Austin J Emergency & Crit Care Med. 2015;2(1): 1010.
Po-An Su1,2 and Wen-Liang Yu3,4*
1Department of Internal Medicine, Section of Infectious Diseases, Chi-Mei Medical Center, Tainan
2Department of Pharmacy, Chia-Nan University of Pharmacy and Science, Taiwan
3Department of Intensive Care Medicine, Chi Mei Medical Center, Taiwan
4Department of Medicine, Taipei Medical University, Taiwan
*Corresponding author: Wen-Liang Yu, Department of Intensive Care Medicine, Chi-Mei Medical Center, 901 Chung-Hwa Road, Yungkang City, Taiwan
Received: November 21, 2014; Accepted: January 07, 2015 Published: January 09, 2015
Acute cholecystitis is usually a mixed infection most commonly by Escherichia coli accompanied with Enterococcus species and anaerobes. Methicillin-resistant Staphylococcus aureus (MRSA) rarely causes the disease entity. However, it is uncertain whether anti- MRSA therapy should be started for acute cholecystitis for a patient with end-stage renal disease (ESRD) in the emergency medicine.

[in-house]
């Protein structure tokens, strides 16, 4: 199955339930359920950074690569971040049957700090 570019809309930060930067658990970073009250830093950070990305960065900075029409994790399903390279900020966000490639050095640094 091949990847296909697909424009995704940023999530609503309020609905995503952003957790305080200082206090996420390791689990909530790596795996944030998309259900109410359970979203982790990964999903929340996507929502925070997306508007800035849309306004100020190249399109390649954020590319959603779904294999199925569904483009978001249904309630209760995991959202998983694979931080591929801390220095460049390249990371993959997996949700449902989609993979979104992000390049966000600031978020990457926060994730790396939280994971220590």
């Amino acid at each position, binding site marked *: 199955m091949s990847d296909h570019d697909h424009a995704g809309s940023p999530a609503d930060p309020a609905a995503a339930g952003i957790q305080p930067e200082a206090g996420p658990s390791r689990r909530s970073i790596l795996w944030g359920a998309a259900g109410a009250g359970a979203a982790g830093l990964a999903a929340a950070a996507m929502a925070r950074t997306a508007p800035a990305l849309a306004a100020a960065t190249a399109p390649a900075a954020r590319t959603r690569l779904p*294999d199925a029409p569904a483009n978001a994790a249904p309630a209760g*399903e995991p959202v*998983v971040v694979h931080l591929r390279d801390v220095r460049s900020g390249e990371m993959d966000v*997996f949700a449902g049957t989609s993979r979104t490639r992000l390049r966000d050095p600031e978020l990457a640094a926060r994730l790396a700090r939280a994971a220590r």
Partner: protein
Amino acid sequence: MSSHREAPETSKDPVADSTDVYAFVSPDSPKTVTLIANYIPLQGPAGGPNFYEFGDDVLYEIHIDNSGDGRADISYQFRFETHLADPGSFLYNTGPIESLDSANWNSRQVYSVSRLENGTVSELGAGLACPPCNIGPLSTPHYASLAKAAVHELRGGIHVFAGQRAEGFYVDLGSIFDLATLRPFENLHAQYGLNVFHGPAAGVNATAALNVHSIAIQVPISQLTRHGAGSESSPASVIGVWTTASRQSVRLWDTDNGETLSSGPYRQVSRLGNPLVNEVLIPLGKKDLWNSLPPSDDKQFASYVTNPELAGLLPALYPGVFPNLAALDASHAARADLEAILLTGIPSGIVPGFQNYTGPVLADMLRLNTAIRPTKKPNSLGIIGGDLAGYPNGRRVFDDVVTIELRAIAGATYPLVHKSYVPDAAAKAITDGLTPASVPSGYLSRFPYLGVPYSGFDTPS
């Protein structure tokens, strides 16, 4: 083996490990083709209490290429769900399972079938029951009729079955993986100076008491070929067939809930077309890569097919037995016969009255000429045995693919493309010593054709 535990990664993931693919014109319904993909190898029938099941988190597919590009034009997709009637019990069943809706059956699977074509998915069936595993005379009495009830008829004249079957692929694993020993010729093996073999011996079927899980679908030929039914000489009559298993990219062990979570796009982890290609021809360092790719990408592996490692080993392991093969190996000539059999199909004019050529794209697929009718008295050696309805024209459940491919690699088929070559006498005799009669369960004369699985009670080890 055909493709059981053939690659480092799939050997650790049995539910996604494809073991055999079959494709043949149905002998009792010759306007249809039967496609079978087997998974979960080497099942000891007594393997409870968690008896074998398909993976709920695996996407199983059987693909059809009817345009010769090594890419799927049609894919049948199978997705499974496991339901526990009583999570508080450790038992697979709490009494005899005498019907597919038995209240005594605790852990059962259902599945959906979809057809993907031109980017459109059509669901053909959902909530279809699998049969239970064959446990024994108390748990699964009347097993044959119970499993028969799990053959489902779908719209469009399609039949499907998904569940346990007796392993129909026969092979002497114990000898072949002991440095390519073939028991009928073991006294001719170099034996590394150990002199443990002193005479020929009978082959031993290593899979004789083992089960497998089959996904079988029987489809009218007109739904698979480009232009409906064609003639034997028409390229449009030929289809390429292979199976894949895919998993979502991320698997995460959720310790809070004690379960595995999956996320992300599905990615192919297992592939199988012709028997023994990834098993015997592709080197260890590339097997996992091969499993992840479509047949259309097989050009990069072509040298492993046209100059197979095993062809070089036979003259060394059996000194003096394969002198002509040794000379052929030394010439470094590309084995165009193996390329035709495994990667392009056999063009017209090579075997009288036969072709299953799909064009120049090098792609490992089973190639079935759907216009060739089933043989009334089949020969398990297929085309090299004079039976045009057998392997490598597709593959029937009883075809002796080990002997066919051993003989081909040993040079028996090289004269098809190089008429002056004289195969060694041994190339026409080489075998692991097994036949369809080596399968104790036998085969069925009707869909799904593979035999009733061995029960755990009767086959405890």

An 84-year-old man with ESRD on maintenance hemodialysis presented at the Emergency Department of our hospital with epigastric pain for one day. Other symptoms were poor appetite, nausea, vomiting and general malaise for one week. Physical examination revealed a temperature of 39.5oC, a heart rate of 94 beats per minute, a respiratory rate of 17 breaths per minute and a blood pressure of 117 /70 mmHg. Mild abdominal distension and epigastric tenderness with rebounding pain were noticed. Initial blood test revealed a white blood-cell count of 12,400/uL, a platelet count of 61,000/uL and a hemoglobin level of 10.4 g/dL. Chest X-ray revealed borderline cardiomegaly with widening and tortuosity of thoracic aorta. The computed tomography of the abdomen revealed gallstones complicated with acute cholecystitis (Figure 1). After insertion of percutaneous transhepatic gallbladder drainage (PTGBD), the patient became hypotensive and was admitted to the intensive care unit. Biochemistry data included a C-reactive protein of 166 mg/L (normal, <3); albumin, 3.1 g/dL; blood urea nitrogen, 43 mg/dL; creatinine, 4.08 mg/dL; serum glutamic-oxaloacetic transaminase, 35 IU/L; serum glutamic pyruvic transaminase, 12 IU/L; lipase, 64 IU/L; total bilirubin, 1.86 mg/dL and lactate 1.4 mmole/L. Empirical antibiotic therapy with piperacillin-tazobactam was used. The results of blood cultures were of no growth. The bile culture yielded MRSA susceptible to minocycline, tigecycline, teicoplanin, vancomycin (MIC, 1 ìg/mL) and fusidic acid, but resistant to oxacillin and clindamycin. Antibiotic was shifted to intravenous tigecycline (50 mg every 12 hours) for 1 week. The patient was getting better and transferred to general ward. He was discharged uneventfully after 10 days of hospitalization. Antibiotic was shift to oral fusidic acid (500 mg tid) for 4 weeks as prolonged antibiotic suppression therapy. One month later, T-tube cholecystography via PTGBD cholangiogram revealed filling defects in gallbladder and non-opacification of cystic duct by contrast medium (Figure 2). The patient underwent selective laparoscopic cholecystectomy after 2 months of discharge. Multiple black pigmented stones in the thicken-wall gallbladder with sticky pus formation were found and pathology of gallbladder confirmed acute cholecystitis with cholelithiasis.